bims-stacyt Biomed News
on Paracrine crosstalk between cancer and the organism
Issue of 2020‒06‒14
two papers selected by
Cristina Muñoz Pinedo
L’Institut d’Investigació Biomèdica de Bellvitge

  1. Cells. 2020 Jun 05. pii: E1414. [Epub ahead of print]9(6):
    Zegeye MM, Andersson B, Sirsjö A, Ljungberg LU.
      Sprouting angiogenesis is the formation of new capillaries from existing vessels in response to tissue hypoxia due to growth/development, repair/healing, and also chronic inflammation. In this study, we aimed to elucidate the effect of IL-6, a pleiotropic cytokine with both pro-inflammatory and anti-inflammatory functions, in regulating the sprouting angiogenic response of endothelial cells (ECs). We found that activation of IL-6 trans-signaling inhibited the migration, proliferation, and tube formation ability of ECs. In addition, inhibition of the autocrine IL-6 classic-signaling by depleting endogenous IL-6 from ECs impaired their tube formation ability. At the molecular level, we found that IL-6 trans-signaling in ECs upregulated established endogenous anti-angiogenic factors such as CXCL10 and SERPINF1 while at the same time downregulated known endogenous pro-angiogenic factors such as cKIT and CXCL8. Furthermore, prior activation of ECs by IL-6 trans-signaling alters their response to vascular endothelial growth factor-A (VEGF-A), causing an increased p38, but decreased Erk1/2 phosphorylation. Collectively, our data demonstrated the dual facets of IL-6 in regulating the sprouting angiogenic function of ECs. In addition, we shed light on molecular mechanisms behind the IL-6 trans-signaling mediated impairment of endothelial sprouting angiogenic response.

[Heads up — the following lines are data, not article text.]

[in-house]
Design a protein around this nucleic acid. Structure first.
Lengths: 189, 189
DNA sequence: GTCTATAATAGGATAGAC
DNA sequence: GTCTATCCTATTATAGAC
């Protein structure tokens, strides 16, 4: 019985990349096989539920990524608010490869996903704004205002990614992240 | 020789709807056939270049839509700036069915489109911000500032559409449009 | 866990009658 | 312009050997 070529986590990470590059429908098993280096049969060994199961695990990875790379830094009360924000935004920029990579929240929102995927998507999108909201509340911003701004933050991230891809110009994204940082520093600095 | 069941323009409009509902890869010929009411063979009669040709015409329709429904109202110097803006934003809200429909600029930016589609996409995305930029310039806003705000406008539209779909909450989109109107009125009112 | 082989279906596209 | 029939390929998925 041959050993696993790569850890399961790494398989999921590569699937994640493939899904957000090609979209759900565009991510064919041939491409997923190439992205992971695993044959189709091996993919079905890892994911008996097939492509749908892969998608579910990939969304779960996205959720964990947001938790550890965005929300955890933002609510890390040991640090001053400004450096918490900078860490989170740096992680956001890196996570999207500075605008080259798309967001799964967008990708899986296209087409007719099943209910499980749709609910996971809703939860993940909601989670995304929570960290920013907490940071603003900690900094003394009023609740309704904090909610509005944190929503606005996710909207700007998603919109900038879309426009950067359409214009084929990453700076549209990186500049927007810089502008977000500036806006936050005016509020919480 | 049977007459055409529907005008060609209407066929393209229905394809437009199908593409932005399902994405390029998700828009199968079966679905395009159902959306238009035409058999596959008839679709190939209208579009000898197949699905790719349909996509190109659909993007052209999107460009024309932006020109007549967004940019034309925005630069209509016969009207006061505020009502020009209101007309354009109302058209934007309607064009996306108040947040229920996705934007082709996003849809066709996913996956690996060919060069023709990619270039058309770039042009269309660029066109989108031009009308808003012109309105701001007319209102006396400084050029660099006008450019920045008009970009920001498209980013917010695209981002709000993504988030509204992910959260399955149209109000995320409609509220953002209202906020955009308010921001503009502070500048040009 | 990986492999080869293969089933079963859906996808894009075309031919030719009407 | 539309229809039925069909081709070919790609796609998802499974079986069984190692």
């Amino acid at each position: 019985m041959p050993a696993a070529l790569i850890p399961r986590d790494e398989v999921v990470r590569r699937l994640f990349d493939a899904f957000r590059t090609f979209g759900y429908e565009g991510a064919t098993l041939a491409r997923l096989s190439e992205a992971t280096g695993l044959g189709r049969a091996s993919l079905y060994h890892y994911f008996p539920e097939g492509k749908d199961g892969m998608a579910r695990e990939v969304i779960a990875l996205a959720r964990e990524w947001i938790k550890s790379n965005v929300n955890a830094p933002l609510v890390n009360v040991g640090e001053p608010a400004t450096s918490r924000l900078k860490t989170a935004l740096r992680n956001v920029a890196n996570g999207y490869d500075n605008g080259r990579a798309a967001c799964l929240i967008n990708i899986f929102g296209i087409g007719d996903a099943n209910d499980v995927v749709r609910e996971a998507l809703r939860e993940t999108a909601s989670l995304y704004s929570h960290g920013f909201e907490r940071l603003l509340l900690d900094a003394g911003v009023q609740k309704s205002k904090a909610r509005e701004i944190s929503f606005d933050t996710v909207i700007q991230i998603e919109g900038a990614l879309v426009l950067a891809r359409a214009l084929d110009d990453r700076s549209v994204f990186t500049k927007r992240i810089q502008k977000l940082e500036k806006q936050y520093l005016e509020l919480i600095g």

Keywords:  HUVECs; IPA; Matrigel; VEGF-A signaling; cytokine; neoangiogenesis
  2. Biochim Biophys Acta Mol Basis Dis. 2020 Jun 05. pii: S0925-4439(20)30204-0. [Epub ahead of print] 165857
    Hernández A, Reyes D, Geng Y, Arab JP, Cabrera D, Sepulveda R, Solis N, Buist-Homan M, Arrese M, Moshage H.
      BACKGROUND: The transition from steatosis to non-alcoholic steatohepatitis (NASH) is a key issue in non-alcoholic fatty liver disease (NAFLD). Observations in patients with obstructive sleep apnea syndrome (OSAS) suggest that hypoxia contributes to progression to NASH and liver fibrosis, and the release of extracellular vesicles (EVs) by injured hepatocytes has been implicated in NAFLD progression.AIM: To evaluate the effects of hypoxia on hepatic pro-fibrotic response and EV release in experimental NAFLD and to assess cellular crosstalk between hepatocytes and human hepatic stellate cells (LX-2).
    METHODS: HepG2 cells were treated with fatty acids and subjected to chemically induced hypoxia using the hypoxia-inducible factor 1 alpha (HIF-1α) stabilizer cobalt chloride (CoCl2). Lipid droplets, oxidative stress, apoptosis and pro-inflammatory and pro-fibrotic-associated genes were assessed. EVs were isolated by ultracentrifugation. LX-2 cells were treated with EVs from hepatocytes. The CDAA-fed mouse model was used to assess the effects of intermittent hypoxia (IH) in experimental NASH.
    RESULTS: Chemical hypoxia increased steatosis, oxidative stress, apoptosis and pro-inflammatory and pro-fibrotic gene expressions in fat-laden HepG2 cells. Chemical hypoxia also increased the release of EVs from HepG2 cells. Treatment of LX2 cells with EVs from fat-laden HepG2 cells undergoing chemical hypoxia increased expression pro-fibrotic markers. CDAA-fed animals exposed to IH exhibited increased portal inflammation and fibrosis that correlated with an increase in circulating EVs.
    CONCLUSION: Chemical hypoxia promotes hepatocellular damage and pro-inflammatory and pro-fibrotic signaling in steatotic hepatocytes both in vitro and in vivo. EVs from fat-laden hepatocytes undergoing chemical hypoxia evoke pro-fibrotic responses in LX-2 cells.
    Keywords:  Extracellular vesicles; Hypoxia; Liver fibrosis; Nonalcoholic fatty liver disease